Justice Breyer goes on to discuss whether the Sony standard should be modified, and looks to three factors:
- Has Sony (as I interpret it) worked to protect new technology?
- If so, would modification or strict interpretation significantly weaken that protection?
- If so, would new or necessary copyright-related benefits outweigh any such weakening?
To answer his first question, Breyer finds that the Sony rule has “provided entrepreneurs with needed assurance that they will be shielded from copyright liability as they bring valuable new technologies to market.” The Sony rule is beneficial because it is “strongly technology protecting,” “forward looking,” and “mindful of the limitations facing judges where matters of technology are concerned.”
To develop a stricter interpretation of the Sony standard would make it substantially more difficult for companies to bring innovative new technologies to market if those technologies have the potential to be used for copyright infringement.
The second, more difficult, question is whether a modified Sony rule (or a strict interpretation) would significantly weaken the law’s ability to protect new technology. Justice Ginsburg’s approach would require defendants to produce considerably more concrete evidence–more than was presented here–to earn Sony’s shelter. That heavier evidentiary demand, and especially the more dramatic (case-by-case balancing) modifications that MGM and the Government seek, would, I believe, undercut the protection that Sony now offers.
To require defendants to provide, for example, detailed evidence–say business plans, profitability estimates, projected technological modifications, and so forth–would doubtless make life easier for copyrightholder plaintiffs. But it would simultaneously increase the legal uncertainty that surrounds the creation or development of a new technology capable of being put to infringing uses. Inventors and entrepreneurs (in the garage, the dorm room, the corporate lab, or the boardroom) would have to fear (and in many cases endure) costly and extensive trials when they create, produce, or distribute the sort of information technology that can be used for copyright infringement.
Finally, Justice Breyer does “not doubt that a more intrusive Sony test would generally provide greater revenue security for copyright holders,” but when balanced against the gains produced by encouraging innovative new technology, it is difficult to conclude that the benefits to copyright owners would “exceed the losses on the technology roundabouts.”
For one thing, the law disfavors equating the two different kinds of gain and loss; rather, it leans in favor of protecting technology. As Sony itself makes clear, the producer of a technology which permits unlawful copying does not himself engage in unlawful copying–a fact that makes the attachment of copyright liability to the creation, production, or distribution of the technology an exceptional thing.… In any event, the evidence now available does not, in my view, make out a sufficiently strong case for change.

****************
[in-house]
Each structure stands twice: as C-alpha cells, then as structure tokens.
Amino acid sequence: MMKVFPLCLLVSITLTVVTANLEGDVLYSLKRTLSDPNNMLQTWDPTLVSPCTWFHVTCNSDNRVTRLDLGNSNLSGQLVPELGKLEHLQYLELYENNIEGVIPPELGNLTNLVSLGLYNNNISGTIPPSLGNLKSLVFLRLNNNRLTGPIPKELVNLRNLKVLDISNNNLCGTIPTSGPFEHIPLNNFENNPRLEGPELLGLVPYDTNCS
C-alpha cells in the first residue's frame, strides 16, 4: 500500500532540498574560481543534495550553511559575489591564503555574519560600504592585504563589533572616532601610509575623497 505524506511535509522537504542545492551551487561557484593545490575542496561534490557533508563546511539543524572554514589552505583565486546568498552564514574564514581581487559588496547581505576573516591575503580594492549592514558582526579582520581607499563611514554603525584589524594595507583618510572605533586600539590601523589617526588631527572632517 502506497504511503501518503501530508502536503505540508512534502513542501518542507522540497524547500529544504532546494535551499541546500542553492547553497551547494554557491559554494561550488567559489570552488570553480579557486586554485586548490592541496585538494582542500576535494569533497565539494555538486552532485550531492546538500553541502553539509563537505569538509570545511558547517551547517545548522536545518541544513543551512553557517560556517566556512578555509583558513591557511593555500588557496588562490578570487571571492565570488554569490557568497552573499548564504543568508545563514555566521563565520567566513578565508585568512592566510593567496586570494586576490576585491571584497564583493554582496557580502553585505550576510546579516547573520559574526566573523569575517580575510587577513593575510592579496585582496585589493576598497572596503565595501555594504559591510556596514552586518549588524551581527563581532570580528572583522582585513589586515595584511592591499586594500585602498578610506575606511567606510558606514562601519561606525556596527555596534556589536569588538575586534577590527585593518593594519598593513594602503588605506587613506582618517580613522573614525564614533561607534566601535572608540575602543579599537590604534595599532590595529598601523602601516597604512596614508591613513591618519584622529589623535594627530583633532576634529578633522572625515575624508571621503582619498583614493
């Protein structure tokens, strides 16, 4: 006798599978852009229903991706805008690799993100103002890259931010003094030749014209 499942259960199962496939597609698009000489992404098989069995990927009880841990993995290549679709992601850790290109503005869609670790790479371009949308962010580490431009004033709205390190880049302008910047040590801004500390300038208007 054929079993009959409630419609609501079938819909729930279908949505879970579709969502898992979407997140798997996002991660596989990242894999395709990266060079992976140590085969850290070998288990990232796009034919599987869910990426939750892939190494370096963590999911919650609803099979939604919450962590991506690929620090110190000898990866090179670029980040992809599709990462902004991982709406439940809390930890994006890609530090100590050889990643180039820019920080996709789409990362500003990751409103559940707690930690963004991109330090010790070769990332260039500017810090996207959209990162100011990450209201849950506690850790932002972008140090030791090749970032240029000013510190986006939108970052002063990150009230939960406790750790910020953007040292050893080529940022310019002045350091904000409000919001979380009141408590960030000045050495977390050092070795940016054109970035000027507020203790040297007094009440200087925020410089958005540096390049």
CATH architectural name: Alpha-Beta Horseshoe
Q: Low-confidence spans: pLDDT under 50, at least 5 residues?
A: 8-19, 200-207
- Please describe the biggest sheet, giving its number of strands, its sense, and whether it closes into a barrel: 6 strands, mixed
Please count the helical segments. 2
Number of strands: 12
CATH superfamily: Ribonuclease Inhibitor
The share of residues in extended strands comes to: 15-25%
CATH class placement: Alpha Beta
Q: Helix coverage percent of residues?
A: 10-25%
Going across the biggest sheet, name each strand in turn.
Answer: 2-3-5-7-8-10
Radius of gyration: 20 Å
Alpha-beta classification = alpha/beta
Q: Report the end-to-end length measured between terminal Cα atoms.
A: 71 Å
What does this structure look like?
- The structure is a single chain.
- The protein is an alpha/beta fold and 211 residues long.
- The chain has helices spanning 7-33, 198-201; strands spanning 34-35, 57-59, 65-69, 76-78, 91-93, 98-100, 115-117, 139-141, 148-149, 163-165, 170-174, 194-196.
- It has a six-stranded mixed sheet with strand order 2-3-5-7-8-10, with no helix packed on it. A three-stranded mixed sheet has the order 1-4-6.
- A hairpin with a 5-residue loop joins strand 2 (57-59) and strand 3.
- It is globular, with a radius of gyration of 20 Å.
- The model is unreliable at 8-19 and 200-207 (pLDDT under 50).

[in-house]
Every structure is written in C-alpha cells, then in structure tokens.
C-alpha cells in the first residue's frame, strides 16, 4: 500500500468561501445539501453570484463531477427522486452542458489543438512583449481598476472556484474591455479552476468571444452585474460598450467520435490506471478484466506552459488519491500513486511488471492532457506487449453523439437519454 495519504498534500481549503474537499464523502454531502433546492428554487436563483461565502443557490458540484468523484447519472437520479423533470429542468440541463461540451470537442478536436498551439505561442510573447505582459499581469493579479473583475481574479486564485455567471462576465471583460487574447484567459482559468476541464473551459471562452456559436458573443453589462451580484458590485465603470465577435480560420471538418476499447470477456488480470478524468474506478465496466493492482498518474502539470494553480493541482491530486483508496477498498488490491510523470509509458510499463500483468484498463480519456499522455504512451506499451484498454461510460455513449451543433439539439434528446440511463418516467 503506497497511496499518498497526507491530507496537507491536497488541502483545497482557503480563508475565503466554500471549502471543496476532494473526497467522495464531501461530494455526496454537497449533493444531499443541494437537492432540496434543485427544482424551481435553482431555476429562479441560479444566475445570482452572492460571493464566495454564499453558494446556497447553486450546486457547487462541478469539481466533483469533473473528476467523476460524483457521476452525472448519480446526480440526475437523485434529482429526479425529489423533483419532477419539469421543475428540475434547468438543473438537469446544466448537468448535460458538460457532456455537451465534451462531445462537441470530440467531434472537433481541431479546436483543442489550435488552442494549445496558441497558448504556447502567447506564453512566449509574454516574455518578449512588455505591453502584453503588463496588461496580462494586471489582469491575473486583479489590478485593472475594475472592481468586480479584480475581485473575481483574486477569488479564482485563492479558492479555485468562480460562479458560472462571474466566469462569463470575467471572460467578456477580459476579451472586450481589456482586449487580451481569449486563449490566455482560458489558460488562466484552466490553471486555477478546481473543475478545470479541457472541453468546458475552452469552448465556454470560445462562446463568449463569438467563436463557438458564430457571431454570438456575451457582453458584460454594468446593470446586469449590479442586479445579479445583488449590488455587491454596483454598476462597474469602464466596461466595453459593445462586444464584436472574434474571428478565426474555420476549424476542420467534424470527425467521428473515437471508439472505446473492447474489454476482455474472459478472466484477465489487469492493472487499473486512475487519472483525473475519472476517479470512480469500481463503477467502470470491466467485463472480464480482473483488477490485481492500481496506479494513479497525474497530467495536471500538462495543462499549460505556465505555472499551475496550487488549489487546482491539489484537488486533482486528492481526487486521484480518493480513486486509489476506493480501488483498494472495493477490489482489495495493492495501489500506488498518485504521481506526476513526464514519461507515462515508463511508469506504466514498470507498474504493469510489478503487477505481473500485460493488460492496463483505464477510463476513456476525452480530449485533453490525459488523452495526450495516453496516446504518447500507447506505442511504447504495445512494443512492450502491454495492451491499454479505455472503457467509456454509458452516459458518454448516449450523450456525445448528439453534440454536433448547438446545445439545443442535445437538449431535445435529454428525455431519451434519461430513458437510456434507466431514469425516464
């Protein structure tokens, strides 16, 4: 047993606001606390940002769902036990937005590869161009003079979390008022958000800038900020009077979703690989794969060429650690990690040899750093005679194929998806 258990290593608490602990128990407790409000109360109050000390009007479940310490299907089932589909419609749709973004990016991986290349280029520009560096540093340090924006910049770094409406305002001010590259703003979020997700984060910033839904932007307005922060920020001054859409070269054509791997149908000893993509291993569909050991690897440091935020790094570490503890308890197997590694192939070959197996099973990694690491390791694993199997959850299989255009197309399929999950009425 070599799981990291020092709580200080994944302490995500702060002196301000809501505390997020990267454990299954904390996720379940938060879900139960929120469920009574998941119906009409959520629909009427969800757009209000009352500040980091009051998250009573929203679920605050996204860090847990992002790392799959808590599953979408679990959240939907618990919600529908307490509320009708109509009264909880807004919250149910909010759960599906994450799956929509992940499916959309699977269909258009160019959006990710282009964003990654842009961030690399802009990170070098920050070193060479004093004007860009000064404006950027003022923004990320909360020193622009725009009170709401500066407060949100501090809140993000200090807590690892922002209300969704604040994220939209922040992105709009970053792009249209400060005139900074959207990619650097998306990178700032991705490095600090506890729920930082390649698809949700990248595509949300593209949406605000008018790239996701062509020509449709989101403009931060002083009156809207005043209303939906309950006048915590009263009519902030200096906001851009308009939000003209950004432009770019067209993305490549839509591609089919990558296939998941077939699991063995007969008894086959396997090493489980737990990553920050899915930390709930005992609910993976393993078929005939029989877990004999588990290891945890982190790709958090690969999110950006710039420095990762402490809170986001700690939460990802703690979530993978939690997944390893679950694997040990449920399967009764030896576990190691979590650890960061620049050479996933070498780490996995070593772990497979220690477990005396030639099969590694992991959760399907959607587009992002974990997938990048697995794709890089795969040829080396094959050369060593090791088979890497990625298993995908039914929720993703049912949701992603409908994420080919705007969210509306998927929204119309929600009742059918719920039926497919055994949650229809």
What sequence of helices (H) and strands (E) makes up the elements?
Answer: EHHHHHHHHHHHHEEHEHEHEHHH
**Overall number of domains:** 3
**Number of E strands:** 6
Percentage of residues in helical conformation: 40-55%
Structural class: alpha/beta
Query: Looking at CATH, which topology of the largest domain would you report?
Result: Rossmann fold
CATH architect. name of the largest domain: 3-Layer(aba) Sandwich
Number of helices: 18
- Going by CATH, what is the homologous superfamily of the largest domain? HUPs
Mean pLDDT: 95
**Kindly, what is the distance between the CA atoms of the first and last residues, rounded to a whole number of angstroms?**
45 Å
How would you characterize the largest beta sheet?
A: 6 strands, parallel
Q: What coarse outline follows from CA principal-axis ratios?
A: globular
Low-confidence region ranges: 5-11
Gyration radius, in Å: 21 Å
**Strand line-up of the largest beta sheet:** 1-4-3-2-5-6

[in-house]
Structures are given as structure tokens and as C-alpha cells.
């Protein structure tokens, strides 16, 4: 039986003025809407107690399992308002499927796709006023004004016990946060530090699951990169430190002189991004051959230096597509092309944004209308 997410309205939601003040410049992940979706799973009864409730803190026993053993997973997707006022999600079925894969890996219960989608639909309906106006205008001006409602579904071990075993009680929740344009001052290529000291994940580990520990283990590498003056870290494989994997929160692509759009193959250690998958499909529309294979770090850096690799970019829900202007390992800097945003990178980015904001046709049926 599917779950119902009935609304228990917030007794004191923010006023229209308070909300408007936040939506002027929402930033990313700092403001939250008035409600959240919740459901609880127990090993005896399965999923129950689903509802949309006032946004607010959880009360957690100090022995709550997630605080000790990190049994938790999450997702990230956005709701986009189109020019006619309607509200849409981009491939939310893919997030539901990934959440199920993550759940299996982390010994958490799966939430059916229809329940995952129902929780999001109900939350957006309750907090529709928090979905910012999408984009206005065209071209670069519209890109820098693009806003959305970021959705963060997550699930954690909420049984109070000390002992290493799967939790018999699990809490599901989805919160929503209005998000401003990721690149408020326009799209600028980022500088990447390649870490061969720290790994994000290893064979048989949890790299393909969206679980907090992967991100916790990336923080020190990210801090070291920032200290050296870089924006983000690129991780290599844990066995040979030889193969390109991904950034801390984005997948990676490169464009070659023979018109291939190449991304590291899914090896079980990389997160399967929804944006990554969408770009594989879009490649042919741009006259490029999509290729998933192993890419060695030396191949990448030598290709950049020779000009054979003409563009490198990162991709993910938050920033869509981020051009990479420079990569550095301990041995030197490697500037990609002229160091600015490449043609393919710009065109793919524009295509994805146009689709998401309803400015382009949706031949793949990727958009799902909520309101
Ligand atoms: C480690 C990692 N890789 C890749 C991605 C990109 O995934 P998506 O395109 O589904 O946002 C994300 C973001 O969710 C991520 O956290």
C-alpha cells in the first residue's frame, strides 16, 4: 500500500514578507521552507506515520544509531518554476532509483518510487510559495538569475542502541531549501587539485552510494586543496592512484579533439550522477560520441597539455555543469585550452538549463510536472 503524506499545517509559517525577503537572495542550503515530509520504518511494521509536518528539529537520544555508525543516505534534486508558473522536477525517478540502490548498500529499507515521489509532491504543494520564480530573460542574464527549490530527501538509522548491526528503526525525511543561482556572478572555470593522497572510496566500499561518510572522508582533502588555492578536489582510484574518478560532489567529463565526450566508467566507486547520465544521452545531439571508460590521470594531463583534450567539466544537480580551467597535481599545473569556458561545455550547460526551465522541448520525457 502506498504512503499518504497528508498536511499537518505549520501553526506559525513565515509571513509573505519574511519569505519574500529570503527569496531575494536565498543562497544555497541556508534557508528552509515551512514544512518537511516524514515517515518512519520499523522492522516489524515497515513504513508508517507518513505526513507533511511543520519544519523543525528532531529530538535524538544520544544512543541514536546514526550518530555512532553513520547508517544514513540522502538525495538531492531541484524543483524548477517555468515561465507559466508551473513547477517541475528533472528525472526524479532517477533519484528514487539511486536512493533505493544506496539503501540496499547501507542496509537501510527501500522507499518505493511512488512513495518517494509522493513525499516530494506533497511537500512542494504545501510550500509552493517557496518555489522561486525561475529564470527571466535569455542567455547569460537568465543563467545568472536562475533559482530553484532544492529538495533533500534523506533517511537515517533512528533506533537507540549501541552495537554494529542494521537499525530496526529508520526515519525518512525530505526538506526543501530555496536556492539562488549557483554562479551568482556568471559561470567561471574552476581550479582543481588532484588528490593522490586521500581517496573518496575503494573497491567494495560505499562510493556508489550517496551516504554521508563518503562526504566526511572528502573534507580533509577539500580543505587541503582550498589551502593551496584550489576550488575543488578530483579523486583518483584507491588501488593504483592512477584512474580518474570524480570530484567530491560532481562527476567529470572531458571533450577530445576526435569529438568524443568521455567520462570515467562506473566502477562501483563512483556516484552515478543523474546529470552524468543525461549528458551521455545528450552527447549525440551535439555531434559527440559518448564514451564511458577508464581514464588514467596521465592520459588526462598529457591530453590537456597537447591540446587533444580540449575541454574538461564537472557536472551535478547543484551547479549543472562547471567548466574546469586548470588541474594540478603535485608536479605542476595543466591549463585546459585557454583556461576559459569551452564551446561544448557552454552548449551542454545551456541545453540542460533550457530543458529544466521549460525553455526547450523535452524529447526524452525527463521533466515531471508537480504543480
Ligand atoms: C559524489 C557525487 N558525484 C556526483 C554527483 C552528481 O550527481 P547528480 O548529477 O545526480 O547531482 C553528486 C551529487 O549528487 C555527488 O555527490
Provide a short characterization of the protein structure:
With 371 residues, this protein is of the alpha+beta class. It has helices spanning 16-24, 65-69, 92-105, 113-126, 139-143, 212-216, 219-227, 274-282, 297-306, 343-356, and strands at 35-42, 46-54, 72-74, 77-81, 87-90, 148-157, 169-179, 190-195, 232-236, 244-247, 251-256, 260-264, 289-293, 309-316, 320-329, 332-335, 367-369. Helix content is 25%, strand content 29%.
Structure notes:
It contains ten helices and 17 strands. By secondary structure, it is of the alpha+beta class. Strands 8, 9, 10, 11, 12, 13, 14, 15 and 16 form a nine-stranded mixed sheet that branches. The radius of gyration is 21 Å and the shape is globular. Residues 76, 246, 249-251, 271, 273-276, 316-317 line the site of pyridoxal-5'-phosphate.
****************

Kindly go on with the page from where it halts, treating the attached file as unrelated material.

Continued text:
Links, Commentary, Crticism, Etc.
William Patry: The Court Punts: ” I don’t know about others, but I view the Court as having punted: they decided mainly an issue that wasn’t in front of them (inducement) and didn’t decide the one that was, the effect of Sony in the Internet era. I think this happened because neither the Ginsburg camp nor the Breyer camp could get two others to join. There were three for the picking, Souter, Scalia and Thomas. The two concurring camps have diametrically opposed views of the case, totalling six Justices. What does this do to the influence that the ‘unanimous’ Souter opinion has? I think it greatly undermines it, resulting, as predicted in a muddied, murky future.”
SCOTUSblog Grokster discussion with Ian Gershengorn, Ed Felten, Charles Petit, Susan Crawford, Douglas Lichtman, and more.
The Wall St. Journal Grokster Roundtable with James M. Burger , Michael Geist, Denise Howell, Ernest Miller, Thedore Olson, John Palfrey and Cristopher Ruhland.
The Picker MobBlog with Randy Picker, Doug Lichtman, Jessica Litman, Jim Speta, Julie Cohen, Larry Solum, Lior Strahilevitz, Phil Weiser, Ray Ku, Stuart Benjamin, Tim Wu, Tom Hazlett, and Wendy Gordon
Via über-blogger Ernest Miller, Notes on Pro-Grokster Press Conference and Notes on RIAA and MPAA Press Conference.
Eric Goldman: Grokster Supreme Court Ruling: “I think the Supreme Court reached the only logical result. It had to find for the plaintiffs. I say this because there was simply no way for the Court to ignore that Grokster and Streamcast were facilitating massive copyright infringement. As the court says, ‘the probable scope of copyright infringement is staggering’ and ‘there is evidence of infringement on a gigantic scale.’ If it ignored these facts, it was simply going to force Congress to act.”